XPoSat Mission


03:03 AM

1 min read
XPoSat Mission Blog Image

What’s in today’s article?

  •  Why in news?
  • What is polarisation of X-rays?
  • What is X-ray Polarimeter Satellite (XPoSat)?
  • Significance of XPoSat Mission
  • How does XPoSat compare with X-ray experiments or missions globally?

Why in news?

  • Indian Space Research Organisation (ISRO) put its first polarimetry mission X-ray Polarimeter Satellite (XPoSat) on January 1.
    • ISRO's PSLV-C58 has launched XPOSAT Satellite.
  • XPoSat is the world’s second satellite-based mission dedicated to making X-ray polarimetry measurements.

Polarisation of X-rays

  • About
    • X-rays comprise electric and magnetic waves that are constantly in motion. Being sinusoidal waves, they do not follow a patterned direction of motion.
    • Whereas, a polarised X-ray is both organised and has two waves vibrating in the same direction.
  • Sources that emit polarised X-rays
    • When magnetars or black holes emit X-rays, they encounter a wide variety of materials in the Universe.
    • As X-rays pass through the thick cloud of materials, the electric component of the X-ray emits a photon in a changed direction, as it has now undergone scattering.
    • In the process, the new photon has got polarised in a direction perpendicular to the plane formed between the original and scattered photon.
  • Polarisation measurements
    • The polarisation measurements – angular and degree of polarisation – are believed to provide clues about:
      • the bright X-ray emitting sources the nature of these radiations and
      • the complex process they undergo.

X-ray Polarimeter Satellite (XPoSat)

  • About
    • It is the first dedicated satellite from ISRO to carry out research in space-based polarisation measurements of X-ray emission from celestial sources.
    • It is designated for observation from low earth orbit (~ 650 km, low inclination of ~ 6 degree).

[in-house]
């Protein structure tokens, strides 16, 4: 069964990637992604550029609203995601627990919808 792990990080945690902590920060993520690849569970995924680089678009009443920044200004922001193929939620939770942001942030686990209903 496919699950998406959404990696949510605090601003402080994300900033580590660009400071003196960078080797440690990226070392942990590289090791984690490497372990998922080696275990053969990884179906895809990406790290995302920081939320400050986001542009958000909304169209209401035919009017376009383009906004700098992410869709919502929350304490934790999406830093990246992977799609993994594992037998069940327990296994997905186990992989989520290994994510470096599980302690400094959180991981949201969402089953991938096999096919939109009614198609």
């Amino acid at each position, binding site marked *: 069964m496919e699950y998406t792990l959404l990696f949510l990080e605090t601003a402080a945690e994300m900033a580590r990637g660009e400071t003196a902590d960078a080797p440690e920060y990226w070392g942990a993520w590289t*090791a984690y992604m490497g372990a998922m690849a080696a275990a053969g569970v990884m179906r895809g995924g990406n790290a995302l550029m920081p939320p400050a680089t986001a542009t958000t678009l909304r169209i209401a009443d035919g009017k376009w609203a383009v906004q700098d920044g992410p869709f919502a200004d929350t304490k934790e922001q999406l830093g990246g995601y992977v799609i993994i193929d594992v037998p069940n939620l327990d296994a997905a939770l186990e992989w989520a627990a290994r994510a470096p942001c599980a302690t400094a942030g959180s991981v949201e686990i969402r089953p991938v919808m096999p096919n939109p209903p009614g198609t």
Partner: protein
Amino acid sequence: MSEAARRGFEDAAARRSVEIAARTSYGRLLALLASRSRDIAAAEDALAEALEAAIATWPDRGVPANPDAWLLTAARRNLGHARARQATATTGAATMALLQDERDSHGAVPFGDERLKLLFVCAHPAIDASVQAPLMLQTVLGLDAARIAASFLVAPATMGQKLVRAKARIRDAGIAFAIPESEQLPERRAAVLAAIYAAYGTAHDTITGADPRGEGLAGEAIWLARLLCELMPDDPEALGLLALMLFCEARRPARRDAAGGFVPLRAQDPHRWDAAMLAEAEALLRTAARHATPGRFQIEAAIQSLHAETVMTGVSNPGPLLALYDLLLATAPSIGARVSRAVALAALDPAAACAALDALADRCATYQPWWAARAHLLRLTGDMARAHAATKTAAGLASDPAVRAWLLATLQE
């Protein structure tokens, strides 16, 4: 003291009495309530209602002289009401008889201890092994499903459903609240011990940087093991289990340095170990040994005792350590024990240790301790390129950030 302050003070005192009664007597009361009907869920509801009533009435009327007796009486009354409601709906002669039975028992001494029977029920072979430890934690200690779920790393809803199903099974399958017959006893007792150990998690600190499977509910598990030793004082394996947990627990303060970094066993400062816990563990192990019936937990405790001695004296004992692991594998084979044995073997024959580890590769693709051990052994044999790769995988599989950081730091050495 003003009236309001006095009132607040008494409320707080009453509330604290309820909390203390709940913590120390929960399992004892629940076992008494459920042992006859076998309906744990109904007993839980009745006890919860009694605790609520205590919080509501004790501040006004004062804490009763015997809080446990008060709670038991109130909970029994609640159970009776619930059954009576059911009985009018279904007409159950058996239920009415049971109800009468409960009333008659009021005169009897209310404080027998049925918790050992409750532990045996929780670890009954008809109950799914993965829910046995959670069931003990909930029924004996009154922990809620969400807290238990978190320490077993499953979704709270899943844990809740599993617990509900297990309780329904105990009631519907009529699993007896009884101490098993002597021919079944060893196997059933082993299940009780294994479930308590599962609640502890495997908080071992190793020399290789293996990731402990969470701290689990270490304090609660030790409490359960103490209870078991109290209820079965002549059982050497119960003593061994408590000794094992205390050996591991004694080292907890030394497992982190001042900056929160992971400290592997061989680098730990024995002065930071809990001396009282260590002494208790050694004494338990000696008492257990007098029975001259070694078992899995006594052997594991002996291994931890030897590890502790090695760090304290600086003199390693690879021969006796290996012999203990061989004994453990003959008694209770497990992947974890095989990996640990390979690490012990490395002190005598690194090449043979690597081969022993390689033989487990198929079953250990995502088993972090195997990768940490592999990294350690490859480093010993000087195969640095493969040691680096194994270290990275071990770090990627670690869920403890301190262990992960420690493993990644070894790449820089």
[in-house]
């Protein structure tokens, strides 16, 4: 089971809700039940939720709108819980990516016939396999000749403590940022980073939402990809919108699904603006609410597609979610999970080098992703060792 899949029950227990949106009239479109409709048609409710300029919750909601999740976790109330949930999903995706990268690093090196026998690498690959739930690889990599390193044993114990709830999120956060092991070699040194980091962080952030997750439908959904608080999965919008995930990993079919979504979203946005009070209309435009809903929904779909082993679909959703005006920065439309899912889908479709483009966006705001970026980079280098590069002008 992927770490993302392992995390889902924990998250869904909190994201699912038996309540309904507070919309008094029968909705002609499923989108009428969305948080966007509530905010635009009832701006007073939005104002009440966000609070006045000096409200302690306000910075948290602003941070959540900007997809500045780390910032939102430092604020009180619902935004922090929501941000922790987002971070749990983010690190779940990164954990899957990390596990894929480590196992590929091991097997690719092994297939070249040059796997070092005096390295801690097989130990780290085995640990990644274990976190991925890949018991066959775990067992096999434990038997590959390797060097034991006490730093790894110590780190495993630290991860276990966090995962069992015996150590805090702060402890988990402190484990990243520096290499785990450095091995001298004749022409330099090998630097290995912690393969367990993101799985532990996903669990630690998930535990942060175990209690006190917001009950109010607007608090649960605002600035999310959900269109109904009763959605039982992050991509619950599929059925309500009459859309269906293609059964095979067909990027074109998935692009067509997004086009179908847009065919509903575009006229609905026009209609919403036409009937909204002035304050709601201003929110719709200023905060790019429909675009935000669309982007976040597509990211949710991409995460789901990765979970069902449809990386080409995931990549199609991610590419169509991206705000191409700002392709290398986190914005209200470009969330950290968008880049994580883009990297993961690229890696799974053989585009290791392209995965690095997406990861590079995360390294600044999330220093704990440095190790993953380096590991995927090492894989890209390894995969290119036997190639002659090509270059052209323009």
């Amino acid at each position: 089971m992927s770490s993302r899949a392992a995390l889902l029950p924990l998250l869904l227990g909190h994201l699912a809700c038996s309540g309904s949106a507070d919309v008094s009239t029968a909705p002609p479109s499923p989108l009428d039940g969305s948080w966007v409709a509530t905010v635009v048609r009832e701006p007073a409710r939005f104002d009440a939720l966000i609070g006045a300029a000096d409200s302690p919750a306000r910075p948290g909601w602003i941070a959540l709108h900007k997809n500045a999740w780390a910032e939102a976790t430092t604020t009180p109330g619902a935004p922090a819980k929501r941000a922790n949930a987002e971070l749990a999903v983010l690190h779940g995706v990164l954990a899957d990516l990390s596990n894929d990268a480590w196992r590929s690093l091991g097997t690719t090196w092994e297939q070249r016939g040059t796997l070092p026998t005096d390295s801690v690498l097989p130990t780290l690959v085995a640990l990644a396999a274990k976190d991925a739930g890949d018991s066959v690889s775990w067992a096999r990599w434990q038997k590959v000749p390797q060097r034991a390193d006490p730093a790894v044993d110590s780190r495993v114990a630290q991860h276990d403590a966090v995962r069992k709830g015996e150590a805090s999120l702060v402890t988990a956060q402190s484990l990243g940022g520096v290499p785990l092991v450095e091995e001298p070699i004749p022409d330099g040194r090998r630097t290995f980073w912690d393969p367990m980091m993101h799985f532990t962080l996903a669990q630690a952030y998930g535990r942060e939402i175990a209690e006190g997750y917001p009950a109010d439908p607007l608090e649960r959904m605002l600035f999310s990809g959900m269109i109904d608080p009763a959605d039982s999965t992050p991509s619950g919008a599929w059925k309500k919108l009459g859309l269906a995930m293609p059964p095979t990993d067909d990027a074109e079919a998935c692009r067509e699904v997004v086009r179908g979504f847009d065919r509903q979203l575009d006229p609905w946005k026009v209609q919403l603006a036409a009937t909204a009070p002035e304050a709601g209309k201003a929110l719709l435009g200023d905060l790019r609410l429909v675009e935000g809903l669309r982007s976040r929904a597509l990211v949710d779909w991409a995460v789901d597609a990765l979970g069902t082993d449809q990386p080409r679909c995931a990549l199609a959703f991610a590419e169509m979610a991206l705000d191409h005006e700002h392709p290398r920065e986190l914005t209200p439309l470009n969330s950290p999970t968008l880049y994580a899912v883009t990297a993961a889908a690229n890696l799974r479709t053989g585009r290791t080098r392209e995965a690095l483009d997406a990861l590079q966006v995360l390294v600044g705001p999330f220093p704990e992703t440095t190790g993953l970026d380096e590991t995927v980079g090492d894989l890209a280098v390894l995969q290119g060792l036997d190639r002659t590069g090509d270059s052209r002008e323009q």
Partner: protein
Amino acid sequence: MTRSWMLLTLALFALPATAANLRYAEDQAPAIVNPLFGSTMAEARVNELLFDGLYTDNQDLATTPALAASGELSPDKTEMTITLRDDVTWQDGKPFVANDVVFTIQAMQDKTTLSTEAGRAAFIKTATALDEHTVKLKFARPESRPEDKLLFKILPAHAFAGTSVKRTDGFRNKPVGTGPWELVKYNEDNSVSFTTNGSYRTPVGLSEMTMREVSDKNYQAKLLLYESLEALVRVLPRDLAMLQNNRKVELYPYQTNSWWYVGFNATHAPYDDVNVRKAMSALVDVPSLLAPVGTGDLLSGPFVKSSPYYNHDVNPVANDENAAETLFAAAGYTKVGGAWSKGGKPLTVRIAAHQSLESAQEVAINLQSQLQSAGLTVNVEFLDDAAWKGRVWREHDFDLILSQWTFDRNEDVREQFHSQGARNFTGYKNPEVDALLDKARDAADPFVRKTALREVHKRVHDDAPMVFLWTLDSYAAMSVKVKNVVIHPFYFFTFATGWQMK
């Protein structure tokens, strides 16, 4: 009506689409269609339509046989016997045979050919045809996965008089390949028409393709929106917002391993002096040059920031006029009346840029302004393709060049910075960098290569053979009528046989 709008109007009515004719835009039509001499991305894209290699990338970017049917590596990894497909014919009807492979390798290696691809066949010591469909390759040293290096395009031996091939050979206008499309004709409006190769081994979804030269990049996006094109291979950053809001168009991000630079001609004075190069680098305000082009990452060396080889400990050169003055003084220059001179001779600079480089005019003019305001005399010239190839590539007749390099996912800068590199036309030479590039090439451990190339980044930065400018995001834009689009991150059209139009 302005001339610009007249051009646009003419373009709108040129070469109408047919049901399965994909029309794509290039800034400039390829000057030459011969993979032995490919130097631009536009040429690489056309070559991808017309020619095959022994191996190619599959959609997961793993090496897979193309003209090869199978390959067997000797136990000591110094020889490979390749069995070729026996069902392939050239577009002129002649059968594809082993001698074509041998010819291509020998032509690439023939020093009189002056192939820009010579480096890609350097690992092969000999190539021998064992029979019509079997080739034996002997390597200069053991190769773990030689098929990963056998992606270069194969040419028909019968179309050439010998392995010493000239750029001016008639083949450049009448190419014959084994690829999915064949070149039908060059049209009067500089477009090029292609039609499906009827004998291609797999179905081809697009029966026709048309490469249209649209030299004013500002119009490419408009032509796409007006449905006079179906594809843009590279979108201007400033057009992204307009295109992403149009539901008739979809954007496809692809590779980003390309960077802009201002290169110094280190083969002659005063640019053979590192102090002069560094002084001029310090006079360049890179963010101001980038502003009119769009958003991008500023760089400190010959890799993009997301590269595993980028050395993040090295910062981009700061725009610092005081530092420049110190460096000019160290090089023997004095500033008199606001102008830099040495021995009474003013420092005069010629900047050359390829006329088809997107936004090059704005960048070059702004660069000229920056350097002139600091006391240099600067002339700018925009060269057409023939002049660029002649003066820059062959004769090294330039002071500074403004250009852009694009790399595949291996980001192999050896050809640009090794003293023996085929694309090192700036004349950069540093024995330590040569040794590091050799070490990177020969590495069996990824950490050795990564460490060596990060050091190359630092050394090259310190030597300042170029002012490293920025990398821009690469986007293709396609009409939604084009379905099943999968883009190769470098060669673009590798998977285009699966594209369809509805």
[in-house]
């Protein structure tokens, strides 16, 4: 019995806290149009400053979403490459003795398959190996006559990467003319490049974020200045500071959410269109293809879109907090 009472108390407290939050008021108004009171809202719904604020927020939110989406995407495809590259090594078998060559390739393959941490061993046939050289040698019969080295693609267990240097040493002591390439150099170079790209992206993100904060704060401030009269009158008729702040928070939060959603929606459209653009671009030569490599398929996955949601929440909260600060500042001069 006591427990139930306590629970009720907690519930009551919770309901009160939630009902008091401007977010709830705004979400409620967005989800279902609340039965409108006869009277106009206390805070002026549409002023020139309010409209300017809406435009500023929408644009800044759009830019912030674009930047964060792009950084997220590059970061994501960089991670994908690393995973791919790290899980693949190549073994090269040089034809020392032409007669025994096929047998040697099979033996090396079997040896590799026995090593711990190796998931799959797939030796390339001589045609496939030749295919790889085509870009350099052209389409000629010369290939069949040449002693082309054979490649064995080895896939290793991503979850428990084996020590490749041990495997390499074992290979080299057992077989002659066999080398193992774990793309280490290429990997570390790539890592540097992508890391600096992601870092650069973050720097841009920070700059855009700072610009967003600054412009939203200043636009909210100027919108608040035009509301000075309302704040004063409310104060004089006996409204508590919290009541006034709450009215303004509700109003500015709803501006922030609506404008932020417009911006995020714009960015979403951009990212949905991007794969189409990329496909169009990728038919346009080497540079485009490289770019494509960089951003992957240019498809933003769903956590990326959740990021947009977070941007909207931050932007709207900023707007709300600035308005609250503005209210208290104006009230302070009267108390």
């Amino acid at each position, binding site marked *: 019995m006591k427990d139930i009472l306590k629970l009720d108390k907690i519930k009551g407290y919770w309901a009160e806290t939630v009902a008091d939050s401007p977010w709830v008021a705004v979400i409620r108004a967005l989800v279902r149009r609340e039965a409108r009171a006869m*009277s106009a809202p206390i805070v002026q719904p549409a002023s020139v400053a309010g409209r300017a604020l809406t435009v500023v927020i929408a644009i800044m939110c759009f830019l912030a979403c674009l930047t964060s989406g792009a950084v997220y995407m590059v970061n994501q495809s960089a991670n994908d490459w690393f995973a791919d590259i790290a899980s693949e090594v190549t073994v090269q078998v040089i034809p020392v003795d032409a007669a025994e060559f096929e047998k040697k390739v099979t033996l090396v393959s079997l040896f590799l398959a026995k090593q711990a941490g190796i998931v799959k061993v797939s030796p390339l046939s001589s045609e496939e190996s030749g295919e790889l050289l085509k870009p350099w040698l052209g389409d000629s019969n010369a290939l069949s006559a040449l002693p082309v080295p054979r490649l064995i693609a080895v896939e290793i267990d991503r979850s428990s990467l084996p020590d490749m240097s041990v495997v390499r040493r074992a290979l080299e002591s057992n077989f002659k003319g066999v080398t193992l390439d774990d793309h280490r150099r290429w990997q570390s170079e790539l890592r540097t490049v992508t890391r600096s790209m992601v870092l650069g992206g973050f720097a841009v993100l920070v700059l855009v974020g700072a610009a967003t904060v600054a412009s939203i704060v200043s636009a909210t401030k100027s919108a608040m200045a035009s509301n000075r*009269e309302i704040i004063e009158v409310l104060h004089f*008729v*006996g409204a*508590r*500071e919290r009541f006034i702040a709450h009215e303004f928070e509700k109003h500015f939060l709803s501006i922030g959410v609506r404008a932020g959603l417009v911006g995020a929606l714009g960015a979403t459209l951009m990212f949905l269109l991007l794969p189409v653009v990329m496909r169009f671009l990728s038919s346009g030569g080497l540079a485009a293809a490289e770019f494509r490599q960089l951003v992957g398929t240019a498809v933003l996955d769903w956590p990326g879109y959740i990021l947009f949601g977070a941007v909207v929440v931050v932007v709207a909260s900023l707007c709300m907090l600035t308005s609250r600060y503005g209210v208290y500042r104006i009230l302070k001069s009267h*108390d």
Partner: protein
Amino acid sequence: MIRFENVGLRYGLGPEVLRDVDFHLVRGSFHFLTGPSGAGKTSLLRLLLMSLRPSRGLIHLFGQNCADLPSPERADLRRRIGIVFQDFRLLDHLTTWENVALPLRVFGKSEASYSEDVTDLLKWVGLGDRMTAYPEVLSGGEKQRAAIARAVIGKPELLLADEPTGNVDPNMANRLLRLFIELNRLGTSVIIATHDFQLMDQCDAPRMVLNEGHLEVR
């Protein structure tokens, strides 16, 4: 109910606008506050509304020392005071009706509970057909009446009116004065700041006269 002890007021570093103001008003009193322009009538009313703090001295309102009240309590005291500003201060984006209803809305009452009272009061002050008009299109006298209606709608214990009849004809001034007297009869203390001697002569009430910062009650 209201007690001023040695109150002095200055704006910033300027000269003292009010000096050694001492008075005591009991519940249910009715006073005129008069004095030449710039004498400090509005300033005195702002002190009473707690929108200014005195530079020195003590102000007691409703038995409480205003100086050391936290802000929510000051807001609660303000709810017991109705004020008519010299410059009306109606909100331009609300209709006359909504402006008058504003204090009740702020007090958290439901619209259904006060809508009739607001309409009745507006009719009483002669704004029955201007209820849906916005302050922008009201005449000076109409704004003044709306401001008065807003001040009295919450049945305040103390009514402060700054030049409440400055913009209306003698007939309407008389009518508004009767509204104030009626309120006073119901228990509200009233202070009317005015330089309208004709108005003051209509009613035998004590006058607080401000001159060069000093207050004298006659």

• It has an estimated mission life of about five years during which XPoSat will observe sources that emit polarised X-rays.
    • The observations will be done when the magnetars or neutron stars (they are highly magnetic and display a wide array of X-ray activity) are in transit through the Earth’s shadow, for instance, during the eclipse period.
  • Scientific payloads onboard XPoSat
    • XPoSat comprises two payloads, including Indian X-ray Polarimeter (POLIX) and X-ray Spectroscopy and Timing (XSPECT).
    • They have been built by Raman Research Institute and UR Rao Satellite Centre, both located in Bengaluru.
    • POLIX:
      • It is the world’s first instrument designed to operate in the medium X-ray of 8 to 30 kilo electron Volt (keV) energy band.
      • It comprises a collimator, which is the key component to filter light originating from bright sources in the field of view.
      • Moreover, there is a scatterer consisting of four X-ray proportional counter detectors (that prevent the trapped light from escaping).
      • It will observe a few tens of astronomical sources. It was conceived, designed, and built at RRI.
    • XSPECT:
      • It is designed to conduct fast timing and high spectroscopic resolution in a soft X-ray energy band (0.8-15 keV).